Now, that Nigerians have voted…

The much awaited Nigeria’s general election, where the persons that would be the country’s new President and members of the National Assembly was conducted on the 25th of February, 2023. The Independent National Electoral Commission (INEC) has also declared the results and given the victors certificates of return. But it seems a sudden quietness have enveloped the whole country. Is it a cautious calmness or one of general acceptance of the results? I cannot tell but what is official is that INEC is through with its assignment as it concerns the election of 25th of February, 2023. The losers have threatened to challenge the declared results in Court, and it is their right to do so. That is commendable. The legal fireworks may further enrich our electoral jurisprudence.

Now, let us get down to business. Nigeria and Nigerians cannot pretend that the 25th of February, 2023 election is our best election ever. What went wrong in making it the election to best the June 12, 1993 election? Why did the expected game changer, the Bimodal Voters Accreditation System (BIVAS) not work optimally? INEC promised to transmit the results from the polling units directly to the INEC server? What happened? Are Nigetains not entitled to hear from INEC why the BIVAS failed to transmit the polling units’ results directly to the INEC’s server? I think, we do, considering that Nigerian tax payers gave INEC more than N300 billion to conduct the election.

There were reported cases of violence and ballot box snatching, as is usual with our elections, sadly; and this was confirmed by the reports of both local and international observers. Whether, these negative incidents would be substantial and compelling enough for the Election Tribunal to invoke the provisions of the Electoral Act, 2022 and set aside the results, it is solely for the tribunal to determine. However, I do not think that it will be correct to state that the February 25th election is the worst election ever conducted in Nigeria. From the results so far declared there are some positives that we can take home. For the first time in our electoral history, we did not see the millions of votes that were hitherto coming from some States. This “miracle” was attributed to general voters’ turnout but I disagree. The numbers that came from the various States confirmed that past election results were likely inflated.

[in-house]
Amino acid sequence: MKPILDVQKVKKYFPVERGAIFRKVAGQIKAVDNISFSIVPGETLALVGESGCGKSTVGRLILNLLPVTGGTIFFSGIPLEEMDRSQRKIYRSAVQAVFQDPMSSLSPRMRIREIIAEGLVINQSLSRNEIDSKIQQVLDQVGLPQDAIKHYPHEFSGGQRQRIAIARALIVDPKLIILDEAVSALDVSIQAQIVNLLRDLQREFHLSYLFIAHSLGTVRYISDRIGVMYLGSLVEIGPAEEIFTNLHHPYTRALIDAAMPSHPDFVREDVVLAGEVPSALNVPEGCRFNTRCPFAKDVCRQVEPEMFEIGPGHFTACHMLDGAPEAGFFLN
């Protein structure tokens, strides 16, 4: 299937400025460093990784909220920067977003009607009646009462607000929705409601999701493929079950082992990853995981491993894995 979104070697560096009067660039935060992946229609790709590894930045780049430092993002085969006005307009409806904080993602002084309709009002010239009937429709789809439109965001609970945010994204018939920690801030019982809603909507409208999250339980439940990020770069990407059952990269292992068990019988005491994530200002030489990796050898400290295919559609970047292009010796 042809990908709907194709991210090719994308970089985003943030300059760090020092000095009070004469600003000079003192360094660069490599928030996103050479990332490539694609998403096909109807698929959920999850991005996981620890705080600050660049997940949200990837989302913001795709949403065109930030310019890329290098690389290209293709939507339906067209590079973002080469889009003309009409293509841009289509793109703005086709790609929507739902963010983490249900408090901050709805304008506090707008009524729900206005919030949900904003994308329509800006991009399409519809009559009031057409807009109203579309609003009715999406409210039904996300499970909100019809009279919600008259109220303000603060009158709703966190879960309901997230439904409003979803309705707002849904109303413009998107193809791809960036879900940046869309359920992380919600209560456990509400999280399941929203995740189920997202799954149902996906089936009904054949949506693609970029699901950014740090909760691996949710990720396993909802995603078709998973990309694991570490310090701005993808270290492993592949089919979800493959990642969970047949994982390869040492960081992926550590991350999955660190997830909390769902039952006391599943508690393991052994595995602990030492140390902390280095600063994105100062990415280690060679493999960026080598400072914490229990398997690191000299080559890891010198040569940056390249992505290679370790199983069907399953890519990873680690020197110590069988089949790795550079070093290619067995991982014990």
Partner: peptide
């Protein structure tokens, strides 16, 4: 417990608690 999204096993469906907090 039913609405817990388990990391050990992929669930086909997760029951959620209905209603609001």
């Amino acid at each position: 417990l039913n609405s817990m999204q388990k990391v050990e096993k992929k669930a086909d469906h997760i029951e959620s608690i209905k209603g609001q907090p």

Also, the Peter Obi’s phenomenon changed everything and it will continue to shape how government treats the citizens. Some sitting Governors lost at the polls. Tinubu lost Lagos State. President Buhari lost Katsina State. Plateau State where the APC campaign Director General, Governor Lalong holds sway was APC’s heaviest lost. Some political parties lost their traditional grounds. With no structure, Labour clearly won Delta (base of Okowa, PDP’s Vice Presidential candidate)and Edo States. Many candidates on the platform of Labour Part that were hitherto unknown defeated established names. It was almost going to be like a cruise. And we say that the BIVAS did not work? It did in substantially reducing electoral fraud.

This election has also thrown up the issue of whether the Federal Capital Territory, Abuja has a special status; and whether the residents or indigenes of Abuja are more important than other Nigerians, resident in other States, in determining who should be elected our President. A combined reading of the provisions of sections 299 and 134 of the 1999 Constitution would not seem to say so. Decisions of the appellate courts are replete that the 1999 Constitution accords Abuja the status of a State but not a super-State or primus inter pares, where a Presidential candidate has to score at least 25 of the votes in the FCT after getting the required 25% votes in 25 States before he can be declared the winner of the presidential election.

It will be absurd to argue that a presidential candidate who, for example,won all the 36 States and had more than 25% of the votes cast in each of the 36 States cannot be declared the winner of the election because he failed to score 25% of the votes cast in the FCT? This interpretation will be absurd. If I am proven wrong, then the oil producing States in the Niger Delta and Lagos State that generates the highest VAT in Nigeria, and collectively whose resources sustain the country called Nigeria, should also begin to argue for special status, as is the case in the United States or better still, all Nigerians should register to vote in Abuja, since Abuja is now the deal breaker.



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